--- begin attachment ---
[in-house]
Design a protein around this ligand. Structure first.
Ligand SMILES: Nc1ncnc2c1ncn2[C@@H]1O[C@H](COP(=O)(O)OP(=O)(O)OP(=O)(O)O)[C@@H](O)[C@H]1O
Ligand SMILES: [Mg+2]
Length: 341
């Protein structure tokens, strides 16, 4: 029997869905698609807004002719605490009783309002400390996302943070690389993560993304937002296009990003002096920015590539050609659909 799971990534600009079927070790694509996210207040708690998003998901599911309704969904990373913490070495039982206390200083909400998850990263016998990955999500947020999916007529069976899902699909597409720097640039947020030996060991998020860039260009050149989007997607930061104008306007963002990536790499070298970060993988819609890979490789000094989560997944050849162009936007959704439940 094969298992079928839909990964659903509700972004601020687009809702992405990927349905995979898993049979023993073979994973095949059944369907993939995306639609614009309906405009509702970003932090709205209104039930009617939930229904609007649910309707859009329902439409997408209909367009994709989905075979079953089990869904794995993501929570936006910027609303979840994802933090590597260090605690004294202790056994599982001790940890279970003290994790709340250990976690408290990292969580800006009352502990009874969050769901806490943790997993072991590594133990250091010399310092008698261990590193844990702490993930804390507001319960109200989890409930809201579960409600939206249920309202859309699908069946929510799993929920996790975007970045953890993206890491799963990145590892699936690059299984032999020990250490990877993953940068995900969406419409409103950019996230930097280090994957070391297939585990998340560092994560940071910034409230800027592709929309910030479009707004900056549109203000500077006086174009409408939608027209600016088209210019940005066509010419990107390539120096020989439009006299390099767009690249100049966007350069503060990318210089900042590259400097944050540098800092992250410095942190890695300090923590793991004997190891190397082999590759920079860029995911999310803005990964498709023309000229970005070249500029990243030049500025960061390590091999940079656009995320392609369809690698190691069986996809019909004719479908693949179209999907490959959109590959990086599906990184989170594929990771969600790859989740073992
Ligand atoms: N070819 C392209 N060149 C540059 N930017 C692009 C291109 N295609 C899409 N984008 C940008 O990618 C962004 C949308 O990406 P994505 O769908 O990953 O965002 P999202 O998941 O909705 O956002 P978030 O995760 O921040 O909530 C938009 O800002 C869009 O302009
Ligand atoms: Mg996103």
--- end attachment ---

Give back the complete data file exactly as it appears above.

[in-house]
Design a protein around this ligand. Structure first.
Ligand SMILES: Nc1ncnc2c1ncn2[C@@H]1O[C@H](COP(=O)(O)OP(=O)(O)OP(=O)(O)O)[C@@H](O)[C@H]1O
Ligand SMILES: [Mg+2]
Length: 341
């Protein structure tokens, strides 16, 4: 029997869905698609807004002719605490009783309002400390996302943070690389993560993304937002296009990003002096920015590539050609659909 799971990534600009079927070790694509996210207040708690998003998901599911309704969904990373913490070495039982206390200083909400998850990263016998990955999500947020999916007529069976899902699909597409720097640039947020030996060991998020860039260009050149989007997607930061104008306007963002990536790499070298970060993988819609890979490789000094989560997944050849162009936007959704439940 094969298992079928839909990964659903509700972004601020687009809702992405990927349905995979898993049979023993073979994973095949059944369907993939995306639609614009309906405009509702970003932090709205209104039930009617939930229904609007649910309707859009329902439409997408209909367009994709989905075979079953089990869904794995993501929570936006910027609303979840994802933090590597260090605690004294202790056994599982001790940890279970003290994790709340250990976690408290990292969580800006009352502990009874969050769901806490943790997993072991590594133990250091010399310092008698261990590193844990702490993930804390507001319960109200989890409930809201579960409600939206249920309202859309699908069946929510799993929920996790975007970045953890993206890491799963990145590892699936690059299984032999020990250490990877993953940068995900969406419409409103950019996230930097280090994957070391297939585990998340560092994560940071910034409230800027592709929309910030479009707004900056549109203000500077006086174009409408939608027209600016088209210019940005066509010419990107390539120096020989439009006299390099767009690249100049966007350069503060990318210089900042590259400097944050540098800092992250410095942190890695300090923590793991004997190891190397082999590759920079860029995911999310803005990964498709023309000229970005070249500029990243030049500025960061390590091999940079656009995320392609369809690698190691069986996809019909004719479908693949179209999907490959959109590959990086599906990184989170594929990771969600790859989740073992
Ligand atoms: N070819 C392209 N060149 C540059 N930017 C692009 C291109 N295609 C899409 N984008 C940008 O990618 C962004 C949308 O990406 P994505 O769908 O990953 O965002 P999202 O998941 O909705 O956002 P978030 O995760 O921040 O909530 C938009 O800002 C869009 O302009
Ligand atoms: Mg996103």